As one of the most common childhood learning disabilities, specific language impairment – a delay in mastering language skills, despite normal hearing, education and intelligence – affects about 5 to 7 percent of all kindergartners.
The exact cause of specific language impairment, or SLI, is unknown, but recent discoveries suggest it has a strong genetic link. Christopher Bartlett, an assistant professor at Nationwide Children’s Battelle Center for Mathematical Medicine and The Ohio State University, and his team, including Stephen Petrill from Ohio State’s Department of Psychology, have made significant strides in understanding heredity’s role.
“By using a complex statistical methodology, called posterior probability of linkage, we examined the DNA of families with multiple people affected by SLI,” Bartlett said. “This type of analysis enables us to look at how two genes interact and many other possible genetic architectures.”
To date, the research team has made four important contributions to this research space:
They found strong evidence of a genetic variation associated with SLI on the human chromosome 13q21, and characterized how it affects language, reading or both.
To examine the hypothesis that SLI and autism share genetic causes, they performed the first study that required both disorders be present in each family they studied.
Bartlett’s team furthered the development of the underlying computational and statistical genetic methods for disease gene discovery.
They discovered a modifier gene effect that implicated working memory in developmental language impairments.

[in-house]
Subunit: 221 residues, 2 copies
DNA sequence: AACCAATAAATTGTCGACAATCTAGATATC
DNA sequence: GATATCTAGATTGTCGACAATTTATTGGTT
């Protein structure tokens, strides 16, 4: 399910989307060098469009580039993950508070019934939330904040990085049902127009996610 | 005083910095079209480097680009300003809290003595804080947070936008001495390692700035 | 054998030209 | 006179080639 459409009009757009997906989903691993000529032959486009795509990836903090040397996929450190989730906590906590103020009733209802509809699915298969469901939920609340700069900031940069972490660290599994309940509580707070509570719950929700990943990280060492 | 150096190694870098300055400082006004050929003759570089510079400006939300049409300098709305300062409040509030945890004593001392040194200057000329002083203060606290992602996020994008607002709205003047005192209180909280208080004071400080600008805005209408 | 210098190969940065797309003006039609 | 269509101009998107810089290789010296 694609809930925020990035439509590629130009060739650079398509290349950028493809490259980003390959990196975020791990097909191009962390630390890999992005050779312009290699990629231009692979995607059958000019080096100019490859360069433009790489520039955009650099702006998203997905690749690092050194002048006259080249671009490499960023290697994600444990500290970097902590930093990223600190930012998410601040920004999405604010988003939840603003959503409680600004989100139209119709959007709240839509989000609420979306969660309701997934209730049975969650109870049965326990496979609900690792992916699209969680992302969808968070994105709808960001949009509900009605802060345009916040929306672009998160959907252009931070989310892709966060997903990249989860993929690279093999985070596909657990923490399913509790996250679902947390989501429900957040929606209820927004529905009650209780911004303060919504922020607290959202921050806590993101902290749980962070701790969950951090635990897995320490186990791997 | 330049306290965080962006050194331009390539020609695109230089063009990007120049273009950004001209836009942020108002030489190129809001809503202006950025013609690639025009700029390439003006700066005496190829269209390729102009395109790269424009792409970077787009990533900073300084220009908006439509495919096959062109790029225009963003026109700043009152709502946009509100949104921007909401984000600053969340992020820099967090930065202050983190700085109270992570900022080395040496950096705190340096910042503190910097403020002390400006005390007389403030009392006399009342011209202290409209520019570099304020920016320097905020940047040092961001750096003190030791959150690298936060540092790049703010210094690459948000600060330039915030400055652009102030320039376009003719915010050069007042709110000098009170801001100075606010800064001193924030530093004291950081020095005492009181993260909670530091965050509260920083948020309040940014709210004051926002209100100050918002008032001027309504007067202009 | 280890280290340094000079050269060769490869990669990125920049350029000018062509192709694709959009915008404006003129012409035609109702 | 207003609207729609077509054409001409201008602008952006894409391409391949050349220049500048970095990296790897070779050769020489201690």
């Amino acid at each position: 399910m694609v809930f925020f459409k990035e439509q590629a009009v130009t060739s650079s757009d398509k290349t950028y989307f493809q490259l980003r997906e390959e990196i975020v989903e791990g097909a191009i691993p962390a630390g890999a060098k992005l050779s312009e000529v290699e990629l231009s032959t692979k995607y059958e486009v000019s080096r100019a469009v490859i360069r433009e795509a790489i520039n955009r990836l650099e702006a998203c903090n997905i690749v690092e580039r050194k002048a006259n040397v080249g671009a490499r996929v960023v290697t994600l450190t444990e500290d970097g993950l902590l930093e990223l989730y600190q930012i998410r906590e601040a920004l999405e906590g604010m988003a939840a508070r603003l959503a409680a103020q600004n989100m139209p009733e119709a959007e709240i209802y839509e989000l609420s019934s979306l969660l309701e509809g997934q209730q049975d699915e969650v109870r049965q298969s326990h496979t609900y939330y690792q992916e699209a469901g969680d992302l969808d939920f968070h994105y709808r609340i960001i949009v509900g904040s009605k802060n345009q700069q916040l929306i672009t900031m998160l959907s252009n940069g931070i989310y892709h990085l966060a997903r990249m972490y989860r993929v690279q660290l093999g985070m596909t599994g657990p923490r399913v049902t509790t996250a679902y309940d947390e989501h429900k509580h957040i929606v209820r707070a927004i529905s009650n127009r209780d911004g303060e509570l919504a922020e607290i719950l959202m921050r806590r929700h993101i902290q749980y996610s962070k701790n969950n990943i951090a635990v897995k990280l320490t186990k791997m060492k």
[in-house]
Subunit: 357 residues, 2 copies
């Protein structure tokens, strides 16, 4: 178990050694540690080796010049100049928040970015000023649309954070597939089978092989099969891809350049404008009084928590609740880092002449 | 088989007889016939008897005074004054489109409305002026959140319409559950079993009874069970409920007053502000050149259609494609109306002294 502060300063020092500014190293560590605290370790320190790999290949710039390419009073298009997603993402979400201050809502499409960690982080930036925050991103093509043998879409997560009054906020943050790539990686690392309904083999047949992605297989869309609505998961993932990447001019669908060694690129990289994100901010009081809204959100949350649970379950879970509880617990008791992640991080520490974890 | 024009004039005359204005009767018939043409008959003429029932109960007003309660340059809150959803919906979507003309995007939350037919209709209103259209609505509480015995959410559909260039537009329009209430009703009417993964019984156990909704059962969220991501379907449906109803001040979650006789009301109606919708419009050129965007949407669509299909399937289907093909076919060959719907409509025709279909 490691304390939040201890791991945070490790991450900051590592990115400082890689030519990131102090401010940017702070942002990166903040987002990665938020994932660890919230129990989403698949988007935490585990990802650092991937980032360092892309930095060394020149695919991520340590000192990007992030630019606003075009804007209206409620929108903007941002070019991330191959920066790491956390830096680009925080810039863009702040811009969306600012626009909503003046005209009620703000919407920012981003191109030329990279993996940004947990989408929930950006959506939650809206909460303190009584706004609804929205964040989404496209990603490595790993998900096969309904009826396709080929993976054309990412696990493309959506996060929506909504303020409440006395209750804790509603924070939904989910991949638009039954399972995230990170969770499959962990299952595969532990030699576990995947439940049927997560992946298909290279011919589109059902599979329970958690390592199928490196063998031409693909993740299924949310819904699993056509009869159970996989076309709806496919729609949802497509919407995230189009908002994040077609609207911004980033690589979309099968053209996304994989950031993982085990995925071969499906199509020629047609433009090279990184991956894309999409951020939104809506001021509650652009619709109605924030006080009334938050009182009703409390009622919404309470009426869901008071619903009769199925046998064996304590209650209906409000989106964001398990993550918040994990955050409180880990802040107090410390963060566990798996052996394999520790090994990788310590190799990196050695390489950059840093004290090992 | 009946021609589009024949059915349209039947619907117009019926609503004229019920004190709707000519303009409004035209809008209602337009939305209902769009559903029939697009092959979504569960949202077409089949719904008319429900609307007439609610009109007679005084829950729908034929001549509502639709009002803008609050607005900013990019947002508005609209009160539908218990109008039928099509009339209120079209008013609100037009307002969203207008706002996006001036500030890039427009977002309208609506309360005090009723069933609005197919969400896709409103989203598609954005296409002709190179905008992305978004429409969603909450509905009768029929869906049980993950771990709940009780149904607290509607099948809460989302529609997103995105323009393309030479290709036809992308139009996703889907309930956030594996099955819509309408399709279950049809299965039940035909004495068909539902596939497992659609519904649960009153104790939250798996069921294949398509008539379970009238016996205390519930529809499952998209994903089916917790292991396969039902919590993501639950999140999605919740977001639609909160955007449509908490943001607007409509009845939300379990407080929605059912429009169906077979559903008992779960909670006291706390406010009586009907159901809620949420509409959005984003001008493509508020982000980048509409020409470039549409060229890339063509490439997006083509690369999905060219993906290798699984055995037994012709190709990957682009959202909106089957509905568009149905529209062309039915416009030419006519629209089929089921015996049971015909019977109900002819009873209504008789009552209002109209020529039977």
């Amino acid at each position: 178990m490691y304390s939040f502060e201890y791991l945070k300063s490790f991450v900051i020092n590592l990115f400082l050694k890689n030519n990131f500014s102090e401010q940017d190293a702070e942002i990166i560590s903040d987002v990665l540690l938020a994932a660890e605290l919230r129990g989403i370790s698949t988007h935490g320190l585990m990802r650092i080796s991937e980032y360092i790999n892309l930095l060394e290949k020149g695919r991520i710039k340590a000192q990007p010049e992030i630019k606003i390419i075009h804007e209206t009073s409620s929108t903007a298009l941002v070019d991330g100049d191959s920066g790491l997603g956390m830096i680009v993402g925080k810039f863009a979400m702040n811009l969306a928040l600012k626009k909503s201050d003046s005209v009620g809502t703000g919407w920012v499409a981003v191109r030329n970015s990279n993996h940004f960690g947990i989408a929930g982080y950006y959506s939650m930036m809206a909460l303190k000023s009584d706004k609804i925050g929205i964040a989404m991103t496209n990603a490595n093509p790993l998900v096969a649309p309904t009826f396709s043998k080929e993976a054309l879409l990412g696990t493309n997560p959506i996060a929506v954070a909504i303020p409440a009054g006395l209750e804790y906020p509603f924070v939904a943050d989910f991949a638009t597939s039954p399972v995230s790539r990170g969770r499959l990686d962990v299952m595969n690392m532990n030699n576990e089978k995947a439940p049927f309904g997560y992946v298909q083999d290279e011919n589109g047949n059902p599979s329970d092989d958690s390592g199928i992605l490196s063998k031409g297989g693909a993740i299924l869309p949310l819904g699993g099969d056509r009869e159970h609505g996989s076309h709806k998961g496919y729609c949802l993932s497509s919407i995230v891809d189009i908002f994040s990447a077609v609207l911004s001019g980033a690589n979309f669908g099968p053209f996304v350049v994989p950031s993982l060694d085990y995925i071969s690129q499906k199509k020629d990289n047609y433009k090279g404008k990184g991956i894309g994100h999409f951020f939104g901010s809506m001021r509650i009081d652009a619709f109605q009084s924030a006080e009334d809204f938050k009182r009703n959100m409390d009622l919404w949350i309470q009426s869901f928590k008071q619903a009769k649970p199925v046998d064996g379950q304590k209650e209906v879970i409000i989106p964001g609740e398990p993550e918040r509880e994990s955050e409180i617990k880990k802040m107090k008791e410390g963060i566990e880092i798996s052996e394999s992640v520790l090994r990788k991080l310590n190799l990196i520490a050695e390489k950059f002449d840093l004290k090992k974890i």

Bartlett and his team are extending these successes through genome scans collected from new families. Additionally, they are developing and testing the multivariate statistical approaches to further understand the relationship between implicated genes and language ability – and will again be using the Ohio Supercomputer Center for the computationally intensive calculations. In fact, during the current two-year study, they will use 250,000 resource units – an aggregate measure of the use of CPU, memory, and file storage – to examine about 15,000 gene expression levels in 1,083 people.
“The memory and multicore processors available at the Ohio Supercomputer Center are a must,” Bartlett said, “as the scans typically involve millions of likelihood calculations at thousands of genetic positions across the genome. It would be too slow and, therefore, impossible to conduct this research without supercomputers.”
The goal is to translate this basic science into clinical applications, Bartlett added, in the hopes of earlier identification in patients, earlier intervention, and, ultimately, better outcomes for children affected by this disorder.
Project Lead: Christopher Bartlett, The Research Institute at Nationwide Children’s Hospital & The Ohio State University
Research Title: Childhood language impairment and gene expression in the brain
Funding Source: National Institutes of Health